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Opinion

“Defending Human Rights Is a Crime in Some Countries and a Deadly Activity in Others”

An activist in Colombia, the deadliest country in the world for human rights defenders in 2022, accounting for 186 killings – or 46% – of the global total registered last year. Credit: Sebastian Barros

BRUSSELS, Apr 27 2023 (IPS) - In today’s world, human rights defenders face immense challenges, with threats, attacks, and repression being rampant in many countries. According to the latest report by Front Line Defenders, killings of rights defenders increased in 2022, with a total of 401 deaths across 26 different countries. Despite the adoption of the UN Declaration on Human Rights Defenders 25 years ago, the threats faced by defenders persist globally.

One striking example of the dire situation is in Bolivia, where violations of freedoms of expression, association, peaceful assembly, and the right to defend rights have been recorded by the Observatory of Rights Defenders of UNITAS, with the Permanent Assembly of Human Rights of Bolivia (APDHB) being a longstanding victim of attacks and delegitimization. A total of 725 violations of the freedoms of expression, association and peaceful assembly, democratic institutions and the right to defend rights have been recorded by the Observatory of Rights Defenders.

Gladys Sandova, a human rights and environmental defender in the Tariquía Flora and Fauna National Reserve in Bolivia, reveals how the state often aligns with oil businesses instead of protecting communities. “Tariquía is the lung of Tarija,” Gladys explains, yet this vital source of water for southern Bolivia and home to over 3,000 people, is at risk due to the state-owned Yacimientos Petrolíferos Fiscales Bolivianos (YPFB) seeking to revive oil exploration in the reserve.

“Oil companies are here, we are going to lose our natural richness, they are going to affect the lives of families, and contaminate our water and our air,” says Gladys, reflecting the urgent need to defend human rights and the environment.

Her story is similar to that of several other human rights defenders across the globe : they are victims of hostilities, interference, threats, and harassment. The campaign, ReImagina La Defensa de Derechos, by UNITAS collects the testimonies of human rights defenders and indigenous leaders across Bolivia raising awareness about the challenges they face.

Stories from human rights defenders from across the globe are also featured in the #AlternativeNarratives campaign, which seeks to amplify the voices of civil society organizations and grassroots movements that work towards social justice, human rights, and sustainable development. The campaign encourages the use of storytelling, multimedia tools, and creative expression to highlight alternative perspectives, challenge stereotypes, and advocate for positive chang while fostering a more inclusive and equitable narrative space that reflects the diversity of human experiences and promotes solidarity, empathy, and mutual understanding.

Human rights defenders, including women defenders, continue to mobilize against repressive regimes and occupying forces in countries like Afghanistan, the DRC, El Salvador, Iran, Myanmar, Sudan, and Ukraine. Mary Lawlor, UN Special Rapporteur on the situation of human rights defenders, highlights the underreporting of human rights violations against defenders, particularly women, and outlines “disturbing trends” in relation to civic space worldwide.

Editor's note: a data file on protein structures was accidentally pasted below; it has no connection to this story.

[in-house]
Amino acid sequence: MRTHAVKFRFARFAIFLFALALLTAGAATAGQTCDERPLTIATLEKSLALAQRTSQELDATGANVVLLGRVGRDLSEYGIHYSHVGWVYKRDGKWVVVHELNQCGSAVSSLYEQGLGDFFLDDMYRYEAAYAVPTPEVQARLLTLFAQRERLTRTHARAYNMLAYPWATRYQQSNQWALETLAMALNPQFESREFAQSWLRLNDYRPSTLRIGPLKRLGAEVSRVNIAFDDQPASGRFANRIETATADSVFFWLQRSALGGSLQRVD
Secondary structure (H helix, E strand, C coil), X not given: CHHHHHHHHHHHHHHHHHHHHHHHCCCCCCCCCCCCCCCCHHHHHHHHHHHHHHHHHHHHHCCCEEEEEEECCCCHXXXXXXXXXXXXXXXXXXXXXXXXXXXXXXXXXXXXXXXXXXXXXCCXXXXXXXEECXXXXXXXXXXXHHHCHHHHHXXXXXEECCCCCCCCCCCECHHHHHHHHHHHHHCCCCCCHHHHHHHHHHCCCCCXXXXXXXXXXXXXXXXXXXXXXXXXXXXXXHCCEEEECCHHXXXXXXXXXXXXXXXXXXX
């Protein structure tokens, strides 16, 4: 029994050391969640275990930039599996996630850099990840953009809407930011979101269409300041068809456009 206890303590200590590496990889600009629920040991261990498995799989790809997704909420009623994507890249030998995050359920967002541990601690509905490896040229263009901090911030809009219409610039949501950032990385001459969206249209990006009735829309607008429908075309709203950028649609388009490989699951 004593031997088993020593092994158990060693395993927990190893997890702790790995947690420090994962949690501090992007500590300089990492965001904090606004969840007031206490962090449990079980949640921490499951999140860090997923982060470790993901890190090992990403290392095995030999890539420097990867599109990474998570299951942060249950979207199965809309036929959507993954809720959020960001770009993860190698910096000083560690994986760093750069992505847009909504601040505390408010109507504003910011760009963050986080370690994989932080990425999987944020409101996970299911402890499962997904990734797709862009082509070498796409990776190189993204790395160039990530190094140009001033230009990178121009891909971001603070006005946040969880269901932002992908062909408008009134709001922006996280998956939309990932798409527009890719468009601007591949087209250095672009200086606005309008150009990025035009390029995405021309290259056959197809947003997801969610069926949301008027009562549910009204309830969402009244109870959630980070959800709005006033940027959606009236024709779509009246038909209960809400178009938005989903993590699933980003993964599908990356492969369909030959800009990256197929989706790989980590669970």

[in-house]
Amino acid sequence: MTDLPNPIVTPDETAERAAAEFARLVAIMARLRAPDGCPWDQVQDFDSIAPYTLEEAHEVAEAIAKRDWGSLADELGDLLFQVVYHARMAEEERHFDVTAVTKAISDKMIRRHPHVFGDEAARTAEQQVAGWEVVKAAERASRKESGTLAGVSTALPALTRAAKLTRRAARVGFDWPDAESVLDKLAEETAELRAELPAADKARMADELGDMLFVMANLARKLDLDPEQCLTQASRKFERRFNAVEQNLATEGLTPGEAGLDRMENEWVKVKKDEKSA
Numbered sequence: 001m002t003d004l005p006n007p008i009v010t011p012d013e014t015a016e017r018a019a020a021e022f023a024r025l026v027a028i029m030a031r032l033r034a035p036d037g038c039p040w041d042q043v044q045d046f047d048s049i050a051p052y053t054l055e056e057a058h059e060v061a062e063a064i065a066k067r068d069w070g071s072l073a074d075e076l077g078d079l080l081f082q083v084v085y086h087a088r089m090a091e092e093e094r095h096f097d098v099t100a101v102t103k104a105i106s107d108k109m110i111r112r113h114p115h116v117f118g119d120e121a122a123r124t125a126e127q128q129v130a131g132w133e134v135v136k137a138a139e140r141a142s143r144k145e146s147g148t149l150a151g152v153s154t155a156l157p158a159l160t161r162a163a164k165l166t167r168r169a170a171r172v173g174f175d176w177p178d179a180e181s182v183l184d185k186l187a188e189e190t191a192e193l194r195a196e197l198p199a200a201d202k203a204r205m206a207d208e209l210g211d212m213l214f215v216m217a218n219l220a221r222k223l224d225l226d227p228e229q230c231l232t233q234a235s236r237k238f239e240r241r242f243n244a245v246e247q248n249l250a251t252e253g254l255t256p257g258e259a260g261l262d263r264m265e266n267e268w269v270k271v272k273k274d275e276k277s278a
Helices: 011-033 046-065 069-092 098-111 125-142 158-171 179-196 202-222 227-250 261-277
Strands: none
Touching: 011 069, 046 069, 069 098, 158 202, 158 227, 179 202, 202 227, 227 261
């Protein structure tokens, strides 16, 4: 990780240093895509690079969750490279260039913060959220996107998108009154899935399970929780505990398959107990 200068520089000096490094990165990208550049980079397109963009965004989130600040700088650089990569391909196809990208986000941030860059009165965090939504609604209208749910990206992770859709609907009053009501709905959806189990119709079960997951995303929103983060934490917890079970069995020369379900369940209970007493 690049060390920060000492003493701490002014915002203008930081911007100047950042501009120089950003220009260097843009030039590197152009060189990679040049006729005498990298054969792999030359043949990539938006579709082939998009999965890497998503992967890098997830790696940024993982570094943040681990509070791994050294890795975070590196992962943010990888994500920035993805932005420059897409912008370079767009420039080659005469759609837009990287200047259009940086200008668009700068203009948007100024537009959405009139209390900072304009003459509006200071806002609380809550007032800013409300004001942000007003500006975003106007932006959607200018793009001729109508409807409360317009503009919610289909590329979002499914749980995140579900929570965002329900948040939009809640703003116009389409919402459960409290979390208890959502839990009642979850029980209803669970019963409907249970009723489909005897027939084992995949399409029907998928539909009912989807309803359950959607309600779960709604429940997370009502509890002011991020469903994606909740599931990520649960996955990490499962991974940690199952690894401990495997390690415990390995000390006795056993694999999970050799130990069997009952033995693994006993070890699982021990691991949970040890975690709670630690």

Repongac, representing over 1,200 NGOs in Central Africa, states that “human rights in Central Africa are no longer guaranteed,” with civil society actors, journalists, and defenders facing repression, prosecution, and arrests. Recent campaigns organized by Repongac in Central Africa and Repaoc in West Africa, supported by Forus and the French Development Agency, brought together diverse stakeholders, including human rights defenders, political parties, parliamentarians, journalists, and security personnel, to initiate a dialogue and protect civic space amnd fundametnal freedoms in the region.

To support activists and defenders globally, the Danish Institute for Human Rights has launched a monitoring tool that assesses whether an enabling environment for human rights defenders exists across five critical areas. Developed in collaboration with 24 institutions and organizations, including the United Nations and civil society networks, the tool not only tracks the number of killings of human rights defenders but also analyzes the presence of appropriate legislation and practices to protect defenders.

As Carol Rask, a representative of the Danish Institute for Human Rights, explains, defending human rights is a crime in some countries and a deadly activity in others. It is a call to action for change, urging individuals, organizations, and governments to prioritize and protect the crucial work of human rights defenders worldwide.

Griselda Sillerico, human rights defender in Bolivia for over 30 years, quotes Ana María Romero and says “human rights are seeds that we continue to plant and that over the years we harvest.” Griselda Sillerico’s quote echoes the enduring spirit of human rights advocacy, where the work of human rights defenders like her is a constant effort to sow the seeds of justice, equality, and dignity for all. Despite the challenges and setbacks, human rights defenders across the world continue to plant these seeds, often at great personal risk, with the hope of reaping a future where human rights are universally respected and protected.

IPS UN Bureau

 


  
 
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